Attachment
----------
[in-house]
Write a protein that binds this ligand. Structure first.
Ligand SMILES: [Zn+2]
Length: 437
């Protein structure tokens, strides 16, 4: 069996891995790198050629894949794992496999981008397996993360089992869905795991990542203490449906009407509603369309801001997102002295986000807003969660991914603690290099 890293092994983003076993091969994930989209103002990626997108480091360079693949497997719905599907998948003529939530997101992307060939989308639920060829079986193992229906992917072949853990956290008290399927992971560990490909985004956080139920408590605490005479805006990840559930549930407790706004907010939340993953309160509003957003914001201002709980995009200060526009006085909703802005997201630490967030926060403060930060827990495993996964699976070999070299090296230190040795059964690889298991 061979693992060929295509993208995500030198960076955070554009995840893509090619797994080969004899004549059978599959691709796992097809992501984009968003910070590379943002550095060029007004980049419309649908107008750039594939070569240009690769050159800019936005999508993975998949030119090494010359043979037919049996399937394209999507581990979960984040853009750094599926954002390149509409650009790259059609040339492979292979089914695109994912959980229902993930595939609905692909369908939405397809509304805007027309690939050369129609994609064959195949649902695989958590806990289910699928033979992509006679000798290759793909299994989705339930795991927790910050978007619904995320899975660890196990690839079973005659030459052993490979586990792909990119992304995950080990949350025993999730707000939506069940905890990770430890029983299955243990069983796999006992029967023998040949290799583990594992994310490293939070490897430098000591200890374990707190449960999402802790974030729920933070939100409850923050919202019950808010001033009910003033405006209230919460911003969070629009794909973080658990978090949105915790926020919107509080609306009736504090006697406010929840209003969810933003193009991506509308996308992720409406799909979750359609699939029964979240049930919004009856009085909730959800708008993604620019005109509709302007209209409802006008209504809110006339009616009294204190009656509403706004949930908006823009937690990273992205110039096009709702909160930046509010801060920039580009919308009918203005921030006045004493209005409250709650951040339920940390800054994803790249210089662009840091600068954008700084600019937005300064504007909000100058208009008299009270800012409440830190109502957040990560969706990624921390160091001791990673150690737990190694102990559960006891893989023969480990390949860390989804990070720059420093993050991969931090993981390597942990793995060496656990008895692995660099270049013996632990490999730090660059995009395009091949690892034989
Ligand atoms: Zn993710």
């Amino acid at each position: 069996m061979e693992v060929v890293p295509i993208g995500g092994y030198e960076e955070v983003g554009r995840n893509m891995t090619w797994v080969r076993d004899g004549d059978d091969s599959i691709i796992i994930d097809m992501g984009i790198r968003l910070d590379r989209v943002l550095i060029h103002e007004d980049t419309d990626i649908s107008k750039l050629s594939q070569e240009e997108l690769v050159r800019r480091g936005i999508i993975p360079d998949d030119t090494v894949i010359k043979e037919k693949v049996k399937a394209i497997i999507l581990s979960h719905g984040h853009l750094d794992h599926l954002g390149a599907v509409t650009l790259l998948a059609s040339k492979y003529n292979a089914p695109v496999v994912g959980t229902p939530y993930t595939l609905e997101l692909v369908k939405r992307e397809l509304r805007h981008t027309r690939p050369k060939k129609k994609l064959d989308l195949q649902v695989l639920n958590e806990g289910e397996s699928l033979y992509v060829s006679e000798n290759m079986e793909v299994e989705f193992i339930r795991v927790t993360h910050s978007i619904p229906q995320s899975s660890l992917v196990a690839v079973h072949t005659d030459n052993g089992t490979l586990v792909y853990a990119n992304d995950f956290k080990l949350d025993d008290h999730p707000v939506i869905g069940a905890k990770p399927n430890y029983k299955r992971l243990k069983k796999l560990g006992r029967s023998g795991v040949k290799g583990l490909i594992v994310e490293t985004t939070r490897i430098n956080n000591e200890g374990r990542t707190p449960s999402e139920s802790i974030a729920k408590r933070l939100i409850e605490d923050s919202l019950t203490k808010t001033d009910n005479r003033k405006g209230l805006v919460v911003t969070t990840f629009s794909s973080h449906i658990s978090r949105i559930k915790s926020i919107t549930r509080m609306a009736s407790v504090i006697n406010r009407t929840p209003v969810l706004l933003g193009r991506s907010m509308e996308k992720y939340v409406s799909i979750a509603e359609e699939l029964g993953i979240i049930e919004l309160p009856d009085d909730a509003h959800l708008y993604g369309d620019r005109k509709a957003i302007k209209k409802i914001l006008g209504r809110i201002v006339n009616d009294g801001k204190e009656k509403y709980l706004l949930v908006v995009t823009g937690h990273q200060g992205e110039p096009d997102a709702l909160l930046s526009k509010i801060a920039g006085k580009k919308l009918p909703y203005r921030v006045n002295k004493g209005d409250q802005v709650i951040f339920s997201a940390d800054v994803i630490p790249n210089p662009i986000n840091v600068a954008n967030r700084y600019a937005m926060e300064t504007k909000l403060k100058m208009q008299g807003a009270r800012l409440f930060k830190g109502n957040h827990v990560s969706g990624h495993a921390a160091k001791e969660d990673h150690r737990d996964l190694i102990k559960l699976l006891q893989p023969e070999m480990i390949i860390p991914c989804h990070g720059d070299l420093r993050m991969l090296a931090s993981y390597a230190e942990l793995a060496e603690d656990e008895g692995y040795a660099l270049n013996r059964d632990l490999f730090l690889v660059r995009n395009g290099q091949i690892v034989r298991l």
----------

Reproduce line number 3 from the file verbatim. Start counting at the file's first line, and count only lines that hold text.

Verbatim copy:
Ligand SMILES: [Zn+2]